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Black leaders work to pass the torch in Gainesville
Activists cultivate motivated volunteers
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Erica Glenn currently works with the state Department of Education to support homeless youth and has been training with Michelle Mintz, a minister at St. John Baptist Church who helps lead the Concerned Citizens of Gainesville-Hall County group.

Erica Glenn is no stranger to the community’s needs.

She’s been involved in social work nearly all her adult life, from her sorority days to her professional career.

And Glenn, 44, currently works with the state Department of Education to support homeless youth. 

But the lifelong Gainesville resident now sees a moment ripe for renewed activism at the local level and in the black community.

Her motivation, however, is not just about raising awareness.

“I see too many people wanting to be advocates,” she said. “They post on social media … but they’re not taking a stand, they’re not getting involved in the community.”

In the age of Black Lives Matter, Glenn wants to ensure that all the passion directed at reforming criminal justice practices does not go to waste.

And though she steps out when needed, such as helping organize a recent community-wide prayer service, she wants to work behind the scenes as much as possible.

For André Cheek-Castleberry, a former Gainesville council candidate and community activist, that’s a role many unheralded community leaders are playing.

“I understand that a true leader wants no recognition, but simply wants to support the truth,” she said. “There are many in this community who are leading in their own way, and they’re revealed based in situations and circumstances. We just simply need to pay attention.”

Glenn has been training with Michelle Mintz, a minister at St. John Baptist Church who helps lead the Concerned Citizens of Gainesville-Hall County group, and others to fill critical leadership roles in the local black community.

This means attending local government meetings, joining in community revitalization projects and participating in collective responses to social ills.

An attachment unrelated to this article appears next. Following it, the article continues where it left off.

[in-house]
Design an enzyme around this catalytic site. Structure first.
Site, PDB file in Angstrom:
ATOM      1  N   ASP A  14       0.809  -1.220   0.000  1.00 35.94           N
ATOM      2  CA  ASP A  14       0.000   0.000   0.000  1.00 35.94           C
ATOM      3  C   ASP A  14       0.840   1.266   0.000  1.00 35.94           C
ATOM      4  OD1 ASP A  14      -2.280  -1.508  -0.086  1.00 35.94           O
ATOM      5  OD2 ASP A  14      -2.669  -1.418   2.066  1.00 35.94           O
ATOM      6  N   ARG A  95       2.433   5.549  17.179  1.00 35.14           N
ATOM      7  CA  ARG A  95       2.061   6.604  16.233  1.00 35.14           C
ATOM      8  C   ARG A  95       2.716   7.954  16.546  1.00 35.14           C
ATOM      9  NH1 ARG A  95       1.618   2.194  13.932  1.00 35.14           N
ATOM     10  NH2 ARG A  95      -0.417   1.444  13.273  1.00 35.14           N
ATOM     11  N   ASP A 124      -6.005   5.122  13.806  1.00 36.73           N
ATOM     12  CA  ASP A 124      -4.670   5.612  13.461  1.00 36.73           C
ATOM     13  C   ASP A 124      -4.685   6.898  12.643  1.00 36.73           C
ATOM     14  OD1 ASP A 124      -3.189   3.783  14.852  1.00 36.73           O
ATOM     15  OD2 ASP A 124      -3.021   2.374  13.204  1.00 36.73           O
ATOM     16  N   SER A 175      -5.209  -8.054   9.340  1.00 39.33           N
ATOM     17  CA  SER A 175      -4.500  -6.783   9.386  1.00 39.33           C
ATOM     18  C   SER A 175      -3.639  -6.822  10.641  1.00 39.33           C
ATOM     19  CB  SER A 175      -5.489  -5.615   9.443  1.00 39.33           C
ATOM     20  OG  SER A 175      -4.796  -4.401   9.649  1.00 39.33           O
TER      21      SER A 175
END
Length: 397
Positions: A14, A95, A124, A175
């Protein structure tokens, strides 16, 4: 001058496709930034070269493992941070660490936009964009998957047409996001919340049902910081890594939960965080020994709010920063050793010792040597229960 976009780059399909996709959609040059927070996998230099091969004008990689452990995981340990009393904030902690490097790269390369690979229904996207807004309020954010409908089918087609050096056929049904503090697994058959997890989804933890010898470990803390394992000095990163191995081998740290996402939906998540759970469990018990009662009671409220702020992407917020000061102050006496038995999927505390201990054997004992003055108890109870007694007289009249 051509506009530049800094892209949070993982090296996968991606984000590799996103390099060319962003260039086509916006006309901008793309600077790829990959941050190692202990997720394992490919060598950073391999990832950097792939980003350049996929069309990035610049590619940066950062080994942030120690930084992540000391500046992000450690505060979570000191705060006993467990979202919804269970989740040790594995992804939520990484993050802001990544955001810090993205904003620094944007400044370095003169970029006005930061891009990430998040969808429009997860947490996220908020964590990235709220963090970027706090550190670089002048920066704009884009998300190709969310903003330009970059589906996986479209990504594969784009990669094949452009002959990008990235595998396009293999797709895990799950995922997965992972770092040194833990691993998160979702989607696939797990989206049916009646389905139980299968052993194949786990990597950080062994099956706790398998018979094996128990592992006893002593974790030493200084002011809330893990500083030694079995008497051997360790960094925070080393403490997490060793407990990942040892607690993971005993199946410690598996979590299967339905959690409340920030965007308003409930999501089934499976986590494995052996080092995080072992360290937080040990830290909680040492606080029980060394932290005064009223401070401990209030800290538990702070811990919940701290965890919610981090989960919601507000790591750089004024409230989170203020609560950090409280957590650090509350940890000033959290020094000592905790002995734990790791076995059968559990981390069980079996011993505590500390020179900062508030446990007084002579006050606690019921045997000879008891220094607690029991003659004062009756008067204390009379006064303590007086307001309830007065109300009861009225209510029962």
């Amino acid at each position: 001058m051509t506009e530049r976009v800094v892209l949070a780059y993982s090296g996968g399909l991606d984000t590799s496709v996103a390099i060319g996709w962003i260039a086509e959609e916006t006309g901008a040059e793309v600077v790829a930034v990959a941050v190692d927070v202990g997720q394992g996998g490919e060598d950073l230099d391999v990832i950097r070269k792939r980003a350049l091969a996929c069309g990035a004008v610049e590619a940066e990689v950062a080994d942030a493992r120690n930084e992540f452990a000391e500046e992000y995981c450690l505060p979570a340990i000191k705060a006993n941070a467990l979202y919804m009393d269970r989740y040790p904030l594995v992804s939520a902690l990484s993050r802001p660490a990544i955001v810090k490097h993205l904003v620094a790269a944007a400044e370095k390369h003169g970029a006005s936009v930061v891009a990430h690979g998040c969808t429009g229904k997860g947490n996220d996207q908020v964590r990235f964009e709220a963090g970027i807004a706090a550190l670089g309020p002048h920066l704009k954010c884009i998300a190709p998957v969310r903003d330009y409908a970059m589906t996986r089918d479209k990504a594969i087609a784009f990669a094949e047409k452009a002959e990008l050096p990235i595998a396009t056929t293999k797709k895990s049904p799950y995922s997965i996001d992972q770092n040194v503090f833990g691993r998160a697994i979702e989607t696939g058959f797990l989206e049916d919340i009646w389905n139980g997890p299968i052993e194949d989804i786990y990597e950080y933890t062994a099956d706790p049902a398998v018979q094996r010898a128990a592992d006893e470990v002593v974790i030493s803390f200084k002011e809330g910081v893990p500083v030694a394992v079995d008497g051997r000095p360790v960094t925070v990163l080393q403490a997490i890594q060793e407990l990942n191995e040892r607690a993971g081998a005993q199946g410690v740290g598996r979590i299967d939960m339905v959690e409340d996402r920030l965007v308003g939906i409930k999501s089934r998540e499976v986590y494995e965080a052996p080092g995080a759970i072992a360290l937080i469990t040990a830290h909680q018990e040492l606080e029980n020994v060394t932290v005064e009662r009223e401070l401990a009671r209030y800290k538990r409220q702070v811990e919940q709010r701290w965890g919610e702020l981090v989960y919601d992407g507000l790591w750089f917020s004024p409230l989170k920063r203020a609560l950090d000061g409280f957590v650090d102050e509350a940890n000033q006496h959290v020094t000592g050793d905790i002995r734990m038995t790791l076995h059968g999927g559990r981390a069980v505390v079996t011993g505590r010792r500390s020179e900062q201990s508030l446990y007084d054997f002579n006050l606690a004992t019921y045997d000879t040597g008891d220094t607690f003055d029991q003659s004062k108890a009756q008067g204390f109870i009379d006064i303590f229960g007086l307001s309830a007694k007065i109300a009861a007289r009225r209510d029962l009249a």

Glenn also fits the mold that the Newtown Florist Club civil rights group is trying to guide as Baby Boomers look to retirement.

“A major part of our work today is focused on identifying and equipping new leaders for the work that lies ahead,” Rose Johnson, the club’s executive director, said. “We are committed to a process of leadership development that enhances community vitality through leadership transition.”   

Johnson said she receives calls or has individuals visit the club’s offices every week asking for advice on matters of business, government and community.

“Within this process, we have been stunned to find young leaders who are also engaged in the area of minority business enterprise in ways that we would have never before imagined,” Johnson said. “Our collective future looks bright as the batons of leadership are being passed on to young people who have a great deal to offer this community.” 

Glenn has been shadowing Angela Middleton, a Democratic candidate for the Hall County Board of Commissioners this November, learning the ins and outs of connecting with the black community in neighborhoods like Newtown and Morningside Heights on a daily basis.

“This is stuff I really need to be in tune with,” Glenn said. 

Cheek-Castleberry said community activism is as much about choosing your battles as anything else.

“Over the years, I’ve learned that all issues aren’t a fight, and in most of them, everyone involved could grow from them,” she said. “I was never taught to be a part of the silent community, so I’m hopeful I modeled it in front of my son.”

It’s also about connecting the city’s historic African-American neighborhoods with the larger, burgeoning goals of the community.

“We need to be in tune with the Hall County community as a whole,” Glenn said. “We don’t need voices. We need actual bodies.”

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